Zimbabwe will cut spending and increase tax revenues next year and relax laws that require black citizens to have a majority stake in businesses to restore confidence and boost economic growth, said Finance Minister Patrick Chinamasa.
the fiscal deficit of the southern African nation to 3.5 percent of gross domestic product next year from an estimated 9.4 percent in 2016, he told lawmakers during his budget presentation on Thursday in the capital, Harare. He proposed restricting laws that require companies to transfer 51 percent shares to black Zimbabweans to the platinum and diamond industries, he said.
"The unsatisfactory performance of the economy is based on the reduction of confidence levels of domestic and foreign investors, the background of policy inconsistencies in an uncertain and non-competitive business environment," said Chinamasa. The budget "focuses on consolidating the treasury to restore and maintain macroeconomic stability," he said.
Chinamasa announced the 2018 fiscal plan a week after it was re-elected by President Emmerson Mnangagwa. Former leader Robert Mugabe resigned two weeks ago after an army-led coup ended his 37-year rule in which agricultural production collapsed due to forced embargoes of commercially productive agricultural land. Zimbabwe abandoned its currency in 2009 due to hyperinflation and the economy has been halved since 2000.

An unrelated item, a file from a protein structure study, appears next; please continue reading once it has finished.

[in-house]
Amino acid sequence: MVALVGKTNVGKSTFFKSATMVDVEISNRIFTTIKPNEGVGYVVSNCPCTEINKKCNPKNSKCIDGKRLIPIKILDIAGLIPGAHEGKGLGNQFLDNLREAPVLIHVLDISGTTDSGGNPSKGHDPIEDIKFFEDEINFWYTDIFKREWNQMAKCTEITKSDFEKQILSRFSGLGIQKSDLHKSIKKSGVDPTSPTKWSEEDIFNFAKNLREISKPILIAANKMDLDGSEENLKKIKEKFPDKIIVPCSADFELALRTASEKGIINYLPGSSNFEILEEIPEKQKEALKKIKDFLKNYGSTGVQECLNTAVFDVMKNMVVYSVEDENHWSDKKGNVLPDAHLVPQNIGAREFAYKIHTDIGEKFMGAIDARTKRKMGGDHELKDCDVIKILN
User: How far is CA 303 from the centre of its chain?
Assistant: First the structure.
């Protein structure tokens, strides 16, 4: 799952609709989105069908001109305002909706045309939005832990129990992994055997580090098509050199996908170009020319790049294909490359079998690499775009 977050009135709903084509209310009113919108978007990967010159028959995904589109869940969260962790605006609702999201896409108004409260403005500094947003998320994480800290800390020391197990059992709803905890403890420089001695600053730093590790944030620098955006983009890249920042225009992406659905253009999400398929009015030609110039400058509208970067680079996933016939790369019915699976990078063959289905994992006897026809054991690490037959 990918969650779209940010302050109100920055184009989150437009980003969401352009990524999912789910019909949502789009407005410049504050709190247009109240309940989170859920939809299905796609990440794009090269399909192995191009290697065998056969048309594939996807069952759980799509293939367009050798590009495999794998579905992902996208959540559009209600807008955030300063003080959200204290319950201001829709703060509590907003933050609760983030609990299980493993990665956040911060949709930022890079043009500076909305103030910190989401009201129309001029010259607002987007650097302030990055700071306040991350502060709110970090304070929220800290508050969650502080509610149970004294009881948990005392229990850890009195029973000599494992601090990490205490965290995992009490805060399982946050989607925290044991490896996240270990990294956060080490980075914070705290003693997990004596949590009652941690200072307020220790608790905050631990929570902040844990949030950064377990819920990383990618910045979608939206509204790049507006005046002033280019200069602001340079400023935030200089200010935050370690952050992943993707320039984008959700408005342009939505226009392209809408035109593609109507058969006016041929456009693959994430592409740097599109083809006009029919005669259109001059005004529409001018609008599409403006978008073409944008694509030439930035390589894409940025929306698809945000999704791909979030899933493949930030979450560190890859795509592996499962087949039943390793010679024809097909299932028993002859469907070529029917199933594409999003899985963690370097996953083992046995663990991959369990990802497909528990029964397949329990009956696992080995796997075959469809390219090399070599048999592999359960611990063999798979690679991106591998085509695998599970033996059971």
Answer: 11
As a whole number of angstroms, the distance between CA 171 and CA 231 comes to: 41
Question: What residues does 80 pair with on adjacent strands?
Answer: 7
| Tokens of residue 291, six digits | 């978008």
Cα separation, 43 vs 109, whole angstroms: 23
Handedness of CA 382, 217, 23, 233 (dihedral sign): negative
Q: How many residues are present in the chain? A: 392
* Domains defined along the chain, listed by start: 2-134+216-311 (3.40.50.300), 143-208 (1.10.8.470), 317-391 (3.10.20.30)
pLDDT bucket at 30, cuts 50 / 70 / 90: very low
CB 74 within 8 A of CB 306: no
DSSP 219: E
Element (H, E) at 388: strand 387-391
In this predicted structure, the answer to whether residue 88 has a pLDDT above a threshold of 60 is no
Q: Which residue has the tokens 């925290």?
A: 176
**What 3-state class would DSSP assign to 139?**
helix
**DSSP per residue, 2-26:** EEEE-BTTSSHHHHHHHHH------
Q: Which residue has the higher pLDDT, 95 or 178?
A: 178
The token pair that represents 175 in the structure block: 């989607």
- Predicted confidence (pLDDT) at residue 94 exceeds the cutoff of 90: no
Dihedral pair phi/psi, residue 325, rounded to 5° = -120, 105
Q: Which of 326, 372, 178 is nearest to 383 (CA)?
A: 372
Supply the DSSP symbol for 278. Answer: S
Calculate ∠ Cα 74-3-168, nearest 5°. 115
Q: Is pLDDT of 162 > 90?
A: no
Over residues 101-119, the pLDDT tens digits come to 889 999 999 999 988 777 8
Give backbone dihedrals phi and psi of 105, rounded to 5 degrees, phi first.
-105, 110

Other highlights of the budget include the following:
- Revenue will increase to $ 5.07 billion next year from an estimated $ 4.34 billion this year as the government seeks to increase tax revenues 17 percent to $ 4.3 billion
- Zimbabwe will reduce spending to $ 5.7 billion from an estimated $ 6.05 billion in 2017  Will reduce employment costs to $ 3.24 billion from $ 3.39 billion
- total debt of $ 14.5 billion, or 74 percent of gross domestic product, decreasing to 66 percent of GDP by 2020
- The country will reduce 3,739 jobs to help reduce costs and freeze vacant public service jobs to contain payroll
- GDP is forecast to expand 4.5 percent in 2018 from an estimated 3.7 percent in 2017, accelerating to 5.6 percent in 2019 and 6 percent in 2020
Zimbabwe owns the world's largest bi platinum reserves after South Africa and also has chrome, gold, iron ore, coal and diamonds. While mining is the largest source of foreign currency, fresh capital dried up under the law forcing foreign-owned white companies to give 51 percent of their business to black Zimbabweans or the government. Anglo American Platinum Ltd., Impala Platinum Holdings Ltd. and Sinosteel Corp. are among the companies that operate there.
– With the assistance of Brian Latham